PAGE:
A reduced lignin content, a slight shift in pCA and FA ester levels, and a significant decrease in FA ether levels were observed in mature bm2 plants (Table 1). The reduced level in FA ethers may result from FA esters incorporating into lignins through other linkage modes, as evidenced in the case of normal plants [60]. Conversely, on younger plants, an elevated level of etherified FA was observed in bm2 plants [18]. In agreement with previous data [61], the frequency of β-O-4-linked G units was substantially reduced in bm2 plants, whereas the frequency of β-O-4-linked S units was not affected. A similar trend was observed in F292bm4. Thioacidolysis of bm2 and bm4 lignins did not reveal any incorporation of unusual units, in contrast to bm3 and bm1 lignins. No information is currently available on the genes affected in the bm2 or bm4 mutations. Today, it remains difficult to assign any enzymes directly involved in monolignol biosynthesis to either bm2 or bm4 mutations. Vermerris and Boon [62] hypothesized that the bm2 mutation could affect (i) a transcription factor involved in the spatio-temporal deposition of lignin, (ii) a protein involved in the stereospecific linkages of G units or (iii) coniferyl alcohol (or its glucoside). It remains also possible that bm2 and bm4 mutations affect others steps such as the transportation of monolignols to the walls.

A current dilemma is why bmr plants acquire their brown midribs, and correlatively, why bmr plants are seemingly observed only among (diploid) Panicoideae C4 grasses. To date, no bmr plants have been reported in diploid rice lines. However, different brownish or red colorations were observed in the xylem of CAD-deficient transgenic dicotyledons and in the CAD mutant of loblolly pine [63–65], a situation reminiscent of the wine-red coloration of coniferaldehyde-derived in synthetic lignins [66]. Conversely, no coloration was observed in a COMT mutant nor in CAD downregulated Arabidopsis [45,67,68], but COMT and CAD appear to belong to multigenic families in Arabidopsis [50,68]. The reason for the brown midrib in mutant grasses is therefore not definitively resolved.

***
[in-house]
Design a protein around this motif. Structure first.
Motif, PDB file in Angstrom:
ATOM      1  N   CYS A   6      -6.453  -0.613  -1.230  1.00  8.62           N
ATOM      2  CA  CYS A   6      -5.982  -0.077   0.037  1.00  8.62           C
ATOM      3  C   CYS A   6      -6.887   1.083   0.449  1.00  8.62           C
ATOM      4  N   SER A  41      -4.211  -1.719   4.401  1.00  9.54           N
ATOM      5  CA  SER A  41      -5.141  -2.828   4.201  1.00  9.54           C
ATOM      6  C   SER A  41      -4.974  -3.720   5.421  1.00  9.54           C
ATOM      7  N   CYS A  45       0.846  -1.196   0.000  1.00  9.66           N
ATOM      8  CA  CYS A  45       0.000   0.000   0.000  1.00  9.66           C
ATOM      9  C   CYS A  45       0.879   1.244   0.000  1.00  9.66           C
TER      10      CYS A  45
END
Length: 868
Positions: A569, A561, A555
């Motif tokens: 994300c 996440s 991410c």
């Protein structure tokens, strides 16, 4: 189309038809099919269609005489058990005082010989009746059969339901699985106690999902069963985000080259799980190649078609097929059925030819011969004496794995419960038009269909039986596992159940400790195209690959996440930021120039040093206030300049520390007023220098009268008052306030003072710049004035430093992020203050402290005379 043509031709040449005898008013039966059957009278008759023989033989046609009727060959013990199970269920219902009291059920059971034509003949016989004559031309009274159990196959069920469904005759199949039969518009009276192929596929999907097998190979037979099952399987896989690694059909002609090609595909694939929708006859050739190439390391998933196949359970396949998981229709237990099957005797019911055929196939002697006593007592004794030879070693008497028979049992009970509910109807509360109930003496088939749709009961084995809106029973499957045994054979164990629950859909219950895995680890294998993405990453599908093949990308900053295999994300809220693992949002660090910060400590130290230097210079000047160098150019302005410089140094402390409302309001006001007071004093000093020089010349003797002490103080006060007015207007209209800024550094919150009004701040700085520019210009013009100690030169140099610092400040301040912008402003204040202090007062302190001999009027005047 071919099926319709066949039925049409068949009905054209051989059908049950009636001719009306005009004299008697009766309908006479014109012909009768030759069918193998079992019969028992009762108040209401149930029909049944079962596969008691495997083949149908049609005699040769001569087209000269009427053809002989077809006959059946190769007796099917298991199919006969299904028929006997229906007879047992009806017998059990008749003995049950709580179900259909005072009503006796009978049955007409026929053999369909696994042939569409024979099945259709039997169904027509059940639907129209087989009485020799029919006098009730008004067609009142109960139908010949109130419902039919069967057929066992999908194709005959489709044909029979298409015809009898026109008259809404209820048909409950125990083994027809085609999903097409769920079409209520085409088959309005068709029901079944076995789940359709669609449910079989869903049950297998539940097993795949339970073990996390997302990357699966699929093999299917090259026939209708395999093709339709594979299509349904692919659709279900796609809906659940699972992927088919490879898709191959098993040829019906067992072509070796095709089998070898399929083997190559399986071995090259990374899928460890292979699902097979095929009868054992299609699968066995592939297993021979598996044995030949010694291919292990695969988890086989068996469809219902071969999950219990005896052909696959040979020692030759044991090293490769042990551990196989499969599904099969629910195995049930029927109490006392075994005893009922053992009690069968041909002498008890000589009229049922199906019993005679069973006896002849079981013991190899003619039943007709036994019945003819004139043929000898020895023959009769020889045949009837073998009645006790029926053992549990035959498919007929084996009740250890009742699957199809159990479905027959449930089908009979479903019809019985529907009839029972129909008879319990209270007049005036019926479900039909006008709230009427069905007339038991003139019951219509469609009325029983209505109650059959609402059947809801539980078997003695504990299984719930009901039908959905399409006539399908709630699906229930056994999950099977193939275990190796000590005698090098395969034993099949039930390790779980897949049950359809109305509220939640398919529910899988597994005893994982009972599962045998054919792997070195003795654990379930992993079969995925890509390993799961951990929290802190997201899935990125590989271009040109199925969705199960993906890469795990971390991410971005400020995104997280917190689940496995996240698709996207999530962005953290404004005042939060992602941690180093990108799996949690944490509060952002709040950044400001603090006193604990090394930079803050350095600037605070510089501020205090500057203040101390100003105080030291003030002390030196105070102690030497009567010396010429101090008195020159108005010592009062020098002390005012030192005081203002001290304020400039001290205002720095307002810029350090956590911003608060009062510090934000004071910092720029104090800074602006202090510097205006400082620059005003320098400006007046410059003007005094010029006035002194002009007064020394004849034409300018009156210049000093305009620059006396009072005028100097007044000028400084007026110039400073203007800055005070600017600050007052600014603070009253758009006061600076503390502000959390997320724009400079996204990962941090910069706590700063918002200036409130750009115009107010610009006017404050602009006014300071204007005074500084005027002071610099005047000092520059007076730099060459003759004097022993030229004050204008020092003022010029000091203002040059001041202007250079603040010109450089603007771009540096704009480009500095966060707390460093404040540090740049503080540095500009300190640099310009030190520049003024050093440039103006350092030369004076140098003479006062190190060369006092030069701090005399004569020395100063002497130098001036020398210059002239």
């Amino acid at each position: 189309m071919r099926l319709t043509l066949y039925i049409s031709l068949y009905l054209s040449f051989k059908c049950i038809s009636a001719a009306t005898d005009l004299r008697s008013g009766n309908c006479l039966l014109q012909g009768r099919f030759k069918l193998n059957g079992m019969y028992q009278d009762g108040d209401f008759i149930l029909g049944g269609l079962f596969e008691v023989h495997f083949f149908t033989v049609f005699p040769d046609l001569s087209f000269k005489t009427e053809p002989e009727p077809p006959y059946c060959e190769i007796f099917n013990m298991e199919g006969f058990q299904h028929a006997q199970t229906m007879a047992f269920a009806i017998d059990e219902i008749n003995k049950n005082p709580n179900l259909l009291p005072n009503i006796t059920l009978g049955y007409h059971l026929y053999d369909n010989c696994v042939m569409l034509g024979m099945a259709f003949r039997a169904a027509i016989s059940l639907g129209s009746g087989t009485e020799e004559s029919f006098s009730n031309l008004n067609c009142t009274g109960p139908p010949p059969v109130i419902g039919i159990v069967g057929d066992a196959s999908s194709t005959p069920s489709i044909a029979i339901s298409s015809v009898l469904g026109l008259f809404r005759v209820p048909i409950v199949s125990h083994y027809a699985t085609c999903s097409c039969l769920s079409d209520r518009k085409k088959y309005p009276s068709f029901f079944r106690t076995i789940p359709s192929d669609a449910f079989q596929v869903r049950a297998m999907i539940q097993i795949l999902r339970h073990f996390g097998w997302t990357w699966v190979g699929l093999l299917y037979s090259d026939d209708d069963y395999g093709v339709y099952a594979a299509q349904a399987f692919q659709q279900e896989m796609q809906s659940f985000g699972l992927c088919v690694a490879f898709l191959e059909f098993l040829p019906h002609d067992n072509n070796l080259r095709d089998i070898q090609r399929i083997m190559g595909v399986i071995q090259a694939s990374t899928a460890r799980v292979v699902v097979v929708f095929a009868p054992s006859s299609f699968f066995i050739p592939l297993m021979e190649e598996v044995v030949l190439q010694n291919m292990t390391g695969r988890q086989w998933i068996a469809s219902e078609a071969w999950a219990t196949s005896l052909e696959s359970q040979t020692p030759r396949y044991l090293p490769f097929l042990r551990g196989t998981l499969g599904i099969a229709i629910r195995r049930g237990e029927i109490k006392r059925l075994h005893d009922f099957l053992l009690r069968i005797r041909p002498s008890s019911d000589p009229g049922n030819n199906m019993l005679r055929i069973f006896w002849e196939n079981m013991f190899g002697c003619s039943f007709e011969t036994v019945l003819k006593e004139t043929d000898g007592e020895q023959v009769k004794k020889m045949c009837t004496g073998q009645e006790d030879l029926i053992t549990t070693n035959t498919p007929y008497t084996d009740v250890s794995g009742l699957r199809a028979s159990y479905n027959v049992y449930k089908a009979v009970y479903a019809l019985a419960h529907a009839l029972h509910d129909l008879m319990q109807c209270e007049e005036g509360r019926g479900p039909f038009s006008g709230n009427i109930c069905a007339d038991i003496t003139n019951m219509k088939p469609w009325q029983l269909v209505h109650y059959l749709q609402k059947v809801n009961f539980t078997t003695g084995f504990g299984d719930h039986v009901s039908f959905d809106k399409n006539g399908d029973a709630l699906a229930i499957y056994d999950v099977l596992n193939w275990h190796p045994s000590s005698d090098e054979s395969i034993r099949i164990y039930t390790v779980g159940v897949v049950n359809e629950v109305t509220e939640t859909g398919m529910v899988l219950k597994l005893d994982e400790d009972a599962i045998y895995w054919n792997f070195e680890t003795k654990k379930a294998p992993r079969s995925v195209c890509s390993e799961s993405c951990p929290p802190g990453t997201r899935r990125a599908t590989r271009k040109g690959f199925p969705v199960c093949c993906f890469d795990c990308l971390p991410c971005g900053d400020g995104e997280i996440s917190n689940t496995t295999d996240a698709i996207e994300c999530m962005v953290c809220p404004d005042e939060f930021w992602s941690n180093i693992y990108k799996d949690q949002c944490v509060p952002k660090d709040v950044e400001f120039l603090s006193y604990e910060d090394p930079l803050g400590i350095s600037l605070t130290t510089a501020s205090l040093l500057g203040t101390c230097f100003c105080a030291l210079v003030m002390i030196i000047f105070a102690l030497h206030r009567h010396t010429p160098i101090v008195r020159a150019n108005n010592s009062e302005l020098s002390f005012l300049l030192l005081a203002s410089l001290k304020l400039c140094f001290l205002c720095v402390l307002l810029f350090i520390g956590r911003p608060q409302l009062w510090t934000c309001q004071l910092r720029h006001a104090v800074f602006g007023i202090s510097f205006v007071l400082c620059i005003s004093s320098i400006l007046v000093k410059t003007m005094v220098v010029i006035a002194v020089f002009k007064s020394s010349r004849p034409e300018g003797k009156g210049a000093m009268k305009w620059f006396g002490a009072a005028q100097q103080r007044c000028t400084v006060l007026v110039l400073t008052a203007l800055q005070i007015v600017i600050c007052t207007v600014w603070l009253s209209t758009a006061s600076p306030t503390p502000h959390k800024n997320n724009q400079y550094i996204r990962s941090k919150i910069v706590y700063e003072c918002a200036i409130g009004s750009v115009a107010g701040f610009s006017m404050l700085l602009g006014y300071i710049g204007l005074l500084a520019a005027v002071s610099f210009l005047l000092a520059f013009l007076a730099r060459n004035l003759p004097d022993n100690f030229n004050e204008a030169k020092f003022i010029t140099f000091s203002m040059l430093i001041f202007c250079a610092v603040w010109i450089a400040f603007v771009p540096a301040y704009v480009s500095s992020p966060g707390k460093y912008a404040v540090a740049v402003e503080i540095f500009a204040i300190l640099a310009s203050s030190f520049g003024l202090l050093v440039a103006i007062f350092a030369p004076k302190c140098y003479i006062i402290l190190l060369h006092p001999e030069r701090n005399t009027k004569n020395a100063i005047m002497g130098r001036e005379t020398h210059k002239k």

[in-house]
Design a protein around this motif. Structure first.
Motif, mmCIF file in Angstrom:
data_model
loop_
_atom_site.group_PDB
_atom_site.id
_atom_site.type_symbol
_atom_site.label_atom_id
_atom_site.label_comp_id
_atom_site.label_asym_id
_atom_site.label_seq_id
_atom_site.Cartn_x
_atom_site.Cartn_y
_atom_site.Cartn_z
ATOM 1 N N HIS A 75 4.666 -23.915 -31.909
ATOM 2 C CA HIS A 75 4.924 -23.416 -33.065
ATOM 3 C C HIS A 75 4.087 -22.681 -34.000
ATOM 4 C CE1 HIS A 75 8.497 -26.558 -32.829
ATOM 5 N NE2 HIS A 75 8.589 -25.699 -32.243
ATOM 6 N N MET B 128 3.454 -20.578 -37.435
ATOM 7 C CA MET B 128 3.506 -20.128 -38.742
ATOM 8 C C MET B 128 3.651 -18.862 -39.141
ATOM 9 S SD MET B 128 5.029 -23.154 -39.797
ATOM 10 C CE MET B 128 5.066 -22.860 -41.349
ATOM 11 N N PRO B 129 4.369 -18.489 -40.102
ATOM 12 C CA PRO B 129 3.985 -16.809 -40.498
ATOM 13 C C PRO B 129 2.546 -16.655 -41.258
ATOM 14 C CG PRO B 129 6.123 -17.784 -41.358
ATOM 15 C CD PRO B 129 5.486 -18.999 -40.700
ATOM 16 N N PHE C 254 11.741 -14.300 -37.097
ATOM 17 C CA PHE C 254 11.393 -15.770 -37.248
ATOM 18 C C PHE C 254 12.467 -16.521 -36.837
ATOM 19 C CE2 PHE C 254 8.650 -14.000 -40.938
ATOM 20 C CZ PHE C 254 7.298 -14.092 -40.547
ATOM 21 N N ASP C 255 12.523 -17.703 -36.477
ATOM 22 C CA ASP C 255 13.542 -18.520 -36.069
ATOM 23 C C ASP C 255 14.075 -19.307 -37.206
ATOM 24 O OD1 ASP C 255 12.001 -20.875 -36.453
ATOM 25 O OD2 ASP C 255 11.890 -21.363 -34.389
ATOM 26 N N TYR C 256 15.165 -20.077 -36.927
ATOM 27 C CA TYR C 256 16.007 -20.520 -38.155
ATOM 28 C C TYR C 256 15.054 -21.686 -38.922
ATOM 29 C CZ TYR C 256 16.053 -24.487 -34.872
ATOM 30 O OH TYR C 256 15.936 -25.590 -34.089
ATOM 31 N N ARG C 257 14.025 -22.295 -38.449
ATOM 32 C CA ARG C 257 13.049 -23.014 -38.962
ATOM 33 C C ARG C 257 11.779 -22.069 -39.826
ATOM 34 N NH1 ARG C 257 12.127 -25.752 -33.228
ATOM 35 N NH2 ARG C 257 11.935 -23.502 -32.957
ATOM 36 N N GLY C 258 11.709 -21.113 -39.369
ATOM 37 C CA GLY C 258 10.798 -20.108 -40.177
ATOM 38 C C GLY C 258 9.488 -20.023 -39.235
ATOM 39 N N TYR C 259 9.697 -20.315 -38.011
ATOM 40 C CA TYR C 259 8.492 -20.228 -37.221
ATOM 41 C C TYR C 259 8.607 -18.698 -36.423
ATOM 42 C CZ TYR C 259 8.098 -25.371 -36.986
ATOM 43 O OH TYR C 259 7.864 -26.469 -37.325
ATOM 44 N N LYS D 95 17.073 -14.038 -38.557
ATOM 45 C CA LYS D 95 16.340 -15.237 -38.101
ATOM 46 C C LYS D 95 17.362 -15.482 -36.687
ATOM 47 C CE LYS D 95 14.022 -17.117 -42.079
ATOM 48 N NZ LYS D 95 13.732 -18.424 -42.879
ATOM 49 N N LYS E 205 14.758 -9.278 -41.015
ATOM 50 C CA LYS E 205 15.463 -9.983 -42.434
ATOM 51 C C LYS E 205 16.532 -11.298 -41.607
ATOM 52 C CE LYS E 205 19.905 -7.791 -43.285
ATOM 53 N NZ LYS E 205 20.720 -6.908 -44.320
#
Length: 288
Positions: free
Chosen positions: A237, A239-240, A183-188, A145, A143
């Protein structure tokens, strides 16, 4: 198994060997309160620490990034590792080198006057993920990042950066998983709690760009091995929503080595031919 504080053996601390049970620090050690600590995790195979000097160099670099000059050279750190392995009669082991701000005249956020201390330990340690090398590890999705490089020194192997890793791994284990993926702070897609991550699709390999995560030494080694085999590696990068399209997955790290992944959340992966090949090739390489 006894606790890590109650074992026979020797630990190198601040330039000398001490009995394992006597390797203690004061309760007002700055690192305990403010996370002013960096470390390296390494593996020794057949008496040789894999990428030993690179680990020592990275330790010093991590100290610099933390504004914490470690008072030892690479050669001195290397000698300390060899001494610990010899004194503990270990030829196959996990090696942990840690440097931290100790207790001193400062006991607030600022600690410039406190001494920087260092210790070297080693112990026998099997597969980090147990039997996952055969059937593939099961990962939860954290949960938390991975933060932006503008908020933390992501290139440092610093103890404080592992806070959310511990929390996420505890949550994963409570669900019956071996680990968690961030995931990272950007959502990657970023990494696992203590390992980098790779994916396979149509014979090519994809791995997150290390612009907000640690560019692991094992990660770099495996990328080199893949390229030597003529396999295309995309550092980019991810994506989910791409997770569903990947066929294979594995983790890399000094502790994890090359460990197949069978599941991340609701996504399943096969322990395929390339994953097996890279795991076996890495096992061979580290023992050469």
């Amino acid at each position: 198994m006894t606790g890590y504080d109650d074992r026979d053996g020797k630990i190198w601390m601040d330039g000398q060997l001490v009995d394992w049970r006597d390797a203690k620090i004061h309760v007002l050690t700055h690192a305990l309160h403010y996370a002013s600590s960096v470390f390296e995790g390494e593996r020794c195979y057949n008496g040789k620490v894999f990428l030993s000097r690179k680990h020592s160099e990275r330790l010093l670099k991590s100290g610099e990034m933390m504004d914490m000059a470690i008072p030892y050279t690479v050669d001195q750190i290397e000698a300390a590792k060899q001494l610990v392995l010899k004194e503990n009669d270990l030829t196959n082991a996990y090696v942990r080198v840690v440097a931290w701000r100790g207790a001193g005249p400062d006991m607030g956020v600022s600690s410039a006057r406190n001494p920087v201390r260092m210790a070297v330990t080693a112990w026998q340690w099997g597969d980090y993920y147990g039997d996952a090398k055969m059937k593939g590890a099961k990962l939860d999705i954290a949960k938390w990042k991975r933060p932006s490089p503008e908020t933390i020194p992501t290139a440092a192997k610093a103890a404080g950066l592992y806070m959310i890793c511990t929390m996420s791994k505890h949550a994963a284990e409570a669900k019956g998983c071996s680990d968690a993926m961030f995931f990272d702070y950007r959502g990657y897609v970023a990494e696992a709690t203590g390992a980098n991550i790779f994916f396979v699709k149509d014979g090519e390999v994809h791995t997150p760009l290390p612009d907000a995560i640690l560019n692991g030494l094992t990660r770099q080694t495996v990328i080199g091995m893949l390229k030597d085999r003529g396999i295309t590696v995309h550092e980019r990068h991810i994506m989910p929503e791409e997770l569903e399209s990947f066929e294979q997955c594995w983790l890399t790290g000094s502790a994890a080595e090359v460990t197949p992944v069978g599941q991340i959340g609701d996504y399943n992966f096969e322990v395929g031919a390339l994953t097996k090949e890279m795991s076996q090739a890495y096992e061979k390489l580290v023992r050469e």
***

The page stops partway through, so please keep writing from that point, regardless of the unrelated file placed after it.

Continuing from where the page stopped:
3 Questions and hypotheses regarding OMT genes involved in the grass lignin pathway

Until recently, the biosynthetic pathway leading to lignins and p-hydroxycinnamic acids was considered as a metabolic grid, through which side-chain reductions, ring hydroxylation and methylation could occur at different levels. Such a model has recently been markedly reassessed (in dicotyledons plants) by evidence arising from enzymatic substrate preferences, spatio-temporal localization of monolignol biosynthesis enzymes, gene sequencing and transgenic approaches. Different documented reviews were then published illustrating the ‘lignin roadmap’ [26,27,69–72]. According to Dixon et al. [26], two hypothetical independent channels would lead to G and S units. The G pathway would involve hydroxylation of a coumarate moiety, likely at the level of conversion of coumaroyl-CoA to caffeoyl-CoA, followed by its methylation by a CCoAOMT, and reduction of feruloyl-CoA to coniferyl alcohol via coniferaldehyde. The S pathway would involve the methylation of caffeyl aldehyde by a COMT, the conversion of coniferaldehyde to 5-hydroxyconiferaldehyde by a F5H, its methylation by a COMT (the same or a different COMT as for caffeyl aldehyde), and a final reduction to sinapyl alcohol. However, Zhong et al. [73] established that down-regulating CCoAOMT reduced both G and S lignins units, indicating that the CCoAOMT is essential both for the methylation of the 3-hydroxyl group of caffeoyl-CoA and to channel substrates for 5-methylation of 5-hydroxyconiferaldehyde.